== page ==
Shouldn’t the DOT give FPJ a posthumous Tourism Award?

FUNFARE - Ricky Lo - The Philippine Star
Shouldn�t the DOT give FPJ a posthumous Tourism Award?

CineTurismo awardees and DOT & TPB officials come together for a photo (from left) Aimee Bertulfo, Lakbay2Love; Patrick Ostrea, executive producer of Sakaling Hindi Makarating; Ice Idanan (director), Sakaling Hindi Makarating; Requited director Nerissa Picadizo; Rico Gonzales of Patay na si Hesus; Susan Episcope, Camp Sawi; actor Will Devaughn, I Found My Heart in Santa Fe; TPB COO Cesar Montano; DOT Sec. Wanda Teo; I Found My Heart in Santa Fe producer Lyn Fajardo; TPB officer-in-charge Maricon Ebron; Hilda Yaneza, Apocalypse Child; director Thop Nazareno, Kiko Boksingero; Bona Fajardo, director of I Found My Heart in Santa Fe; RC delos Reyes, Siargao; and Johndel Tacata, Patay na si Hesus

Of course, film is unarguably an effective medium of promoting tourism. Maybe without meaning to, Hollywood has been instrumental in creating awareness of the attractions of places where movies have been shot, such as Roman Holiday (starring Audrey Hepburn and Gregory Peck, playing hide-and-seek around Rome), Lovers Must Learn (remember Troy Donahue and Suzanne Pleshette romancing in a cable car to the tune of Al Di La?) and Notting Hill (with Julia Roberts and Hugh Grant). These films make you want to visit those places, don’t they? Several local films have also been shot abroad, including Never Not Love You, the new JaDine Viva starrer directed by Antoinette Jadaone, which was partly shot in London.

Ang Panday (1980s). Location: Paoay Sand Dunes, Ilocos Norte

No wonder the Tourism Promotions Board (TPB), with COO Cesar Montano, an attached agency of the Department of Tourism (DOT), has recognized 10 Filipino-made and two foreign movies at the recent CineTurismo launch at the Diamond Hotel. Films that have showcased the beauty of the Philippines were awarded with plaques to honor their contributions to tourism in the country.

This TPB move is timely in light of the pending Film Tourism Bill (SB 1330), sponsored by Sen. Grace Poe and introduced by Sen. Sonny Angara, which recognizes the “potential of international and local motion picture production to create jobs, grow the economy and raise the nation’s international profile” and seeks to offer incentives to production companies who choose to showcase Philippine destinations and the nation’s historical and cultural heritage, or  champion Filipino film practitioners and artists in foreign productions.

Magnum Muslim 357 (1986). Location: Mindanao(left). Asedillo (1971). Location: Laguna(right)

The 10 awardees: 1). Ice Idanan’s Sakaling Hindi Makarating, shot in Ilocos, Siquijor, Batanes and Zamboanga; Ellen Ongkeko-Marfil’s Lakbay2Love, which showcases Timberland Heights and Benguet; Zig Dulay’s Paglipay, set in the mountains of Zambales; Irene Villamor’s Camp Sawi, set in Bantayan Island; Victor Villanueva’s Patay na si Hesus, shot from Cebu to Dumaguete; Mario Cornejo’s Apocalypse Child, set in Baler; Paul Soriano’s Siargao, which showcases the island of the same name; Bona Fajardo’s I Found My Heart in Santa Fe, set in Santa Fe in Cebu; Nerissa Picadizo’s Requited, which features Mt. Pinatubo; and Thop Nazareno’s Kiko Boksingero, filmed in Baguio.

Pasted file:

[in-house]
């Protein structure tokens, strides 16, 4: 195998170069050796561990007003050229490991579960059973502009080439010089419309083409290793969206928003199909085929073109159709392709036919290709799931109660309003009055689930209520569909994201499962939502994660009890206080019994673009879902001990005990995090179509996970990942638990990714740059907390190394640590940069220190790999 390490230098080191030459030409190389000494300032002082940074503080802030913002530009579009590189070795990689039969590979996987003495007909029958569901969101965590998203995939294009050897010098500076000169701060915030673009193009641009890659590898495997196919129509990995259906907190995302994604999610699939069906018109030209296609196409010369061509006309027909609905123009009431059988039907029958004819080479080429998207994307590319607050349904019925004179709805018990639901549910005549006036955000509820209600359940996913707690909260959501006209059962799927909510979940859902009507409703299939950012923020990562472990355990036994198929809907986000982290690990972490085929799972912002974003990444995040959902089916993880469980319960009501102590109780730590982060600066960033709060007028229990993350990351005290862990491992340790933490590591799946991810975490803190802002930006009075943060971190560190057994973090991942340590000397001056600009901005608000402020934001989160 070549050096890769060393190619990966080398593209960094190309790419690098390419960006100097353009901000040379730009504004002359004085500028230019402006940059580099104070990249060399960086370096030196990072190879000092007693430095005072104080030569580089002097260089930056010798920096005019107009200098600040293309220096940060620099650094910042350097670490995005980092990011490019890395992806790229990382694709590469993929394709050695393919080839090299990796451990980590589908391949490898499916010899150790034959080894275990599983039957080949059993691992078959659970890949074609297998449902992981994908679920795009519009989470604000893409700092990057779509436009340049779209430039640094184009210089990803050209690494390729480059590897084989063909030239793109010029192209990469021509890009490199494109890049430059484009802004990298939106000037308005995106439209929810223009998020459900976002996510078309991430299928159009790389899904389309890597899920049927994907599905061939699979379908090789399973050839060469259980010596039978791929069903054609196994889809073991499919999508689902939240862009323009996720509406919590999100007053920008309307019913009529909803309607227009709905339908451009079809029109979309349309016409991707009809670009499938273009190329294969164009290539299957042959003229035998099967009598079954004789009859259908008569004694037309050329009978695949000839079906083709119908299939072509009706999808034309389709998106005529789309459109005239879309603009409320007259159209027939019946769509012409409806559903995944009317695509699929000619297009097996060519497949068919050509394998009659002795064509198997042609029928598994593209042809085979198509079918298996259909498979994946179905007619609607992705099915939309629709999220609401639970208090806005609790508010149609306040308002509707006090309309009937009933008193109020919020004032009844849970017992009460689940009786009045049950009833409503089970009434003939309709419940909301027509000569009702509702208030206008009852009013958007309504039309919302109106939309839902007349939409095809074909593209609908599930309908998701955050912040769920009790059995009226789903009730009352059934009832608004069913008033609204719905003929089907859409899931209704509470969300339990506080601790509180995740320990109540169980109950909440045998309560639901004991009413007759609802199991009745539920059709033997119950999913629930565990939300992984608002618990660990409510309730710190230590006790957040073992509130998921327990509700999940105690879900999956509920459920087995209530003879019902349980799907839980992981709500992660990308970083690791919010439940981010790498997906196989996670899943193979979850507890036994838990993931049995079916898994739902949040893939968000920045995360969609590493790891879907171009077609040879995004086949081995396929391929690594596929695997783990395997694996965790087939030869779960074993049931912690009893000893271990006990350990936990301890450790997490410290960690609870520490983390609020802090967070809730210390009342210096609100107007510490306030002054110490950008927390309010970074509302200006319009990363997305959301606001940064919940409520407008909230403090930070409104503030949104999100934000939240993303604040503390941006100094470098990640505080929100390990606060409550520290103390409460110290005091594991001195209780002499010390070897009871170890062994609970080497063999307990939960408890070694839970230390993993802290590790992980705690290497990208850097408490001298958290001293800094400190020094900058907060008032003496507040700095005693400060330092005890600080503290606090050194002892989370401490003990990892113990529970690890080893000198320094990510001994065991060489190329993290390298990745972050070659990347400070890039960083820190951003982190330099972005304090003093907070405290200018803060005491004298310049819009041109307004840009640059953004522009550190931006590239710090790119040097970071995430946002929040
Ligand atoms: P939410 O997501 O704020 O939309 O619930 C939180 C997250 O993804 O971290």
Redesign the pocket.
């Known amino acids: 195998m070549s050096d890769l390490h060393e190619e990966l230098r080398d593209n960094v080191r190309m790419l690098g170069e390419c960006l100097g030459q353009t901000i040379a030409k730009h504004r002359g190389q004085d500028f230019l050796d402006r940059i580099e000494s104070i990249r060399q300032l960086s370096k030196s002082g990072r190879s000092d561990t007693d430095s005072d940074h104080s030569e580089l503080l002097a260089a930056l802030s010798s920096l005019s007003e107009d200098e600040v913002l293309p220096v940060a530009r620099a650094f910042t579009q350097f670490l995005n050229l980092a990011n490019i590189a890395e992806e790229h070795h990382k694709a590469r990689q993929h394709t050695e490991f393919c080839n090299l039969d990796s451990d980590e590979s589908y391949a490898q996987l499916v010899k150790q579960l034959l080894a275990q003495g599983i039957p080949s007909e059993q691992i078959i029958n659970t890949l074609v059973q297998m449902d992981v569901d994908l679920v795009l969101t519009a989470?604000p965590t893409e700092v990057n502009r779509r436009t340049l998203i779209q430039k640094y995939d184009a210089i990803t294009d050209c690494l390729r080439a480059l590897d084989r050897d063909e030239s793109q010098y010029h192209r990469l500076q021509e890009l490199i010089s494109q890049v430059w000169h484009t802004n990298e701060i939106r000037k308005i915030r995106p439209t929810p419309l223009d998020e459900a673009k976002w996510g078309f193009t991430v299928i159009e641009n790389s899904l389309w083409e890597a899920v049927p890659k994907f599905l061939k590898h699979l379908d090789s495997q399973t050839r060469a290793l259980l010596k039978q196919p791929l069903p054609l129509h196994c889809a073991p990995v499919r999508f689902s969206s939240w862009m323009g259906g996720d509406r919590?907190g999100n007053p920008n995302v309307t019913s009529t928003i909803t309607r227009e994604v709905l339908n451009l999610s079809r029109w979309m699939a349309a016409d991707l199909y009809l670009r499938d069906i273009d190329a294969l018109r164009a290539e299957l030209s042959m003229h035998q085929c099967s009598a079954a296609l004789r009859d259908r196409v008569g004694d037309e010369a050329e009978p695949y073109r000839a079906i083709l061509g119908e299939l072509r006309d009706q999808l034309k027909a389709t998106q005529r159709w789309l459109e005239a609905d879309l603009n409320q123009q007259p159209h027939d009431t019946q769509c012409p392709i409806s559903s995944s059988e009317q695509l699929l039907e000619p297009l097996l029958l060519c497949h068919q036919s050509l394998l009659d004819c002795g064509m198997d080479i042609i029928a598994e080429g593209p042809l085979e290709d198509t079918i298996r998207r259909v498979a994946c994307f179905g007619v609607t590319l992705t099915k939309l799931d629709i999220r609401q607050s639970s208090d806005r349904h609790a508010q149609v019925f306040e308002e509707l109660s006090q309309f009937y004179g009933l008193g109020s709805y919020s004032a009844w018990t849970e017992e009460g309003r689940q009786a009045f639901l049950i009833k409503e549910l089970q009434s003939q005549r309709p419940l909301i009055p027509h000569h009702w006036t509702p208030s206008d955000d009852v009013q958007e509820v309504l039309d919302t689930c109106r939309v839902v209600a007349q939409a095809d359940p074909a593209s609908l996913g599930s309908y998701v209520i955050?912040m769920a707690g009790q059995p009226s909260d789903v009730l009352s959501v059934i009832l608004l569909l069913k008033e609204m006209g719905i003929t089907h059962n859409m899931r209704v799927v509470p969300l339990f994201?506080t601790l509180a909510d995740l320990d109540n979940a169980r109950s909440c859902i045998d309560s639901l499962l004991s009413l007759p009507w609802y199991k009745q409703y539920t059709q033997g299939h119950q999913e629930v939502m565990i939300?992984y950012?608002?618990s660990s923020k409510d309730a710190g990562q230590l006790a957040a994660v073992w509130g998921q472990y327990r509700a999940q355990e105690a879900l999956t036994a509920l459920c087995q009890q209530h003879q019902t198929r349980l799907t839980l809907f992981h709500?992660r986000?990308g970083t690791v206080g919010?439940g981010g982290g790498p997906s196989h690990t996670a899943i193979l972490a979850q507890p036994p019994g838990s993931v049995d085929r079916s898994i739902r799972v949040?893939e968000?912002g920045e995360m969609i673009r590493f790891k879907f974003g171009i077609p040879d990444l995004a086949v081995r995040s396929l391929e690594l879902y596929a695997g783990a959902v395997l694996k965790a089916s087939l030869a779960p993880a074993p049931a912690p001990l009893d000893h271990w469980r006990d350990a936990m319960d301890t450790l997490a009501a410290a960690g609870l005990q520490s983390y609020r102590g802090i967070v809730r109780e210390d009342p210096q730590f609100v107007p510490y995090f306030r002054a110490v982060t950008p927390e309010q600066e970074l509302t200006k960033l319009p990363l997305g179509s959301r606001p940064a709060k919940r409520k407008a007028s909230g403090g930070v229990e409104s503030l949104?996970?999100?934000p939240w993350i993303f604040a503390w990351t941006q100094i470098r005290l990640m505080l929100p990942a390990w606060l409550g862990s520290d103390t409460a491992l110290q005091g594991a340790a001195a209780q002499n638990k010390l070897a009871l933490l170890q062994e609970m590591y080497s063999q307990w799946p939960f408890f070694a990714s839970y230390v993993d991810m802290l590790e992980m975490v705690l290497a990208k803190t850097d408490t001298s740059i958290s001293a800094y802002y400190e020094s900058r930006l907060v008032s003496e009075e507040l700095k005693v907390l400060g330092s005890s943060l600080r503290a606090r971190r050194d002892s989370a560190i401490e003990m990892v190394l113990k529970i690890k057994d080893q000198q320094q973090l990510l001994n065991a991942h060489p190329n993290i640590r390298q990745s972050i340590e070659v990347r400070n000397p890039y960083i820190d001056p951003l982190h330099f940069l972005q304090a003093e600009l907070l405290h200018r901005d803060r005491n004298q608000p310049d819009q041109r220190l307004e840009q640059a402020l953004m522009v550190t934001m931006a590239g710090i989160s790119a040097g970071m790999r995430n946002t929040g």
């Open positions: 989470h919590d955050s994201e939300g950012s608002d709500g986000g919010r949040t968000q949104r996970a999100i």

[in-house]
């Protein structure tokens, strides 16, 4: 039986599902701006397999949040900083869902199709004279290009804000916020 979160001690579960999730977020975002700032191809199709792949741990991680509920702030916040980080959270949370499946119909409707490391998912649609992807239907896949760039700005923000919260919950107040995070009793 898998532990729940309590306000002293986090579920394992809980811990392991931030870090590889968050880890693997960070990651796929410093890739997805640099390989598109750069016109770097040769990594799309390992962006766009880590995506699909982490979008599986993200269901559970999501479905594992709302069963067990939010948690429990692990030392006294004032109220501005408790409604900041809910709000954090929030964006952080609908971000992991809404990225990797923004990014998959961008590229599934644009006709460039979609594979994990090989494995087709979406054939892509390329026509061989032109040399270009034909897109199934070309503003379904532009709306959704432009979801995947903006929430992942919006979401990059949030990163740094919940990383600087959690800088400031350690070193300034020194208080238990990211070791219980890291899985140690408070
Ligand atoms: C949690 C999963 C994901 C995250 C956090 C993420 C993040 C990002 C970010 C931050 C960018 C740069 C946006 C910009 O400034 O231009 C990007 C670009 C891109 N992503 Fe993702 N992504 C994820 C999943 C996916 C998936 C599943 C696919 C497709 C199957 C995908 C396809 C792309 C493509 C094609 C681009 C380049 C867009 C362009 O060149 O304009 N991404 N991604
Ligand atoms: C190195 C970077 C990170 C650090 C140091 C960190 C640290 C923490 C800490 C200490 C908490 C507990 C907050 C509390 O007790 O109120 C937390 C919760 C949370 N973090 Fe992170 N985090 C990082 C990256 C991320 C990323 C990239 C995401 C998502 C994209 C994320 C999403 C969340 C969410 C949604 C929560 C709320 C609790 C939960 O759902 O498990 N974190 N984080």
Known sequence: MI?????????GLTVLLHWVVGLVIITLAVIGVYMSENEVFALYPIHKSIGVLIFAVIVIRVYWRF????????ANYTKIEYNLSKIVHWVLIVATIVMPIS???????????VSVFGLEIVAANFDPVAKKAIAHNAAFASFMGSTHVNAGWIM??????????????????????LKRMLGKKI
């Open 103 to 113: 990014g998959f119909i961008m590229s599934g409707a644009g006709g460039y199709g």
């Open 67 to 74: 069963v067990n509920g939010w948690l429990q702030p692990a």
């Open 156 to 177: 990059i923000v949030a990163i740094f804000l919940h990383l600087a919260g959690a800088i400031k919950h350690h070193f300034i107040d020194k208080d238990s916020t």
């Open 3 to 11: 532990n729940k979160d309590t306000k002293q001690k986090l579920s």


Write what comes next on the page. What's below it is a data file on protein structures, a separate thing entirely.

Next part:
Special citations were given to South Korean films Mango Tree, directed by Lee Soo-Sung and shot in Cebu, and Romantic Island, directed by Cheol-Woo Kang and shot in Boracay.

“We hope that this event serves as a charge to our many other talented Filipino filmmakers, that they may be one with us in our vision to promote the Philippines through cinema,” shared Sec. Wanda Tulfo-Teo at the CineTurismo launch. “May we all, from both the public sector and the arts sector, work hand in hand to keep elevating Philippine tourism to a world-class standard.”

Perlas ng Silangan (1969). Location: Dalahican, Quezon(left). Esteban (1973). Location: Bohol(right)

My friends (including Ronald Constantino and Ethel Ramos) wondered if the DOT and TPB have forgotten to cite or give a special posthumous Tourism Award to Fernando Poe Jr. or FPJ who was the very first actor-producer who showcased the beauty of the Philippines by choosing scenic spots as setting for his starrers, to wit: Ang Panday, shot in the sand dunes of Paoay, Ilocos Norte (thanks to Gov. Imee Marcos for having an FPJ statue in that place); Perlas ng Silangan (with FPJ’s wife Susan Roces as leading lady, in Dalahican, Quezon); Asedillo (directed by Celso Ad. Castillo, in Laguna); Esteban (with Alona Alegre, in Bohol where a beach was named after her); and Magnum Muslim 357 (shot in Mindanao). No doubt these FPJ movies have helped promote domestic tourism.

Agree, Cesar?

(E-mail reactions at [email protected]. For more updates, photos and videos, visit www.philstar.com/funfare or follow me on Instagram @therealrickylo.)

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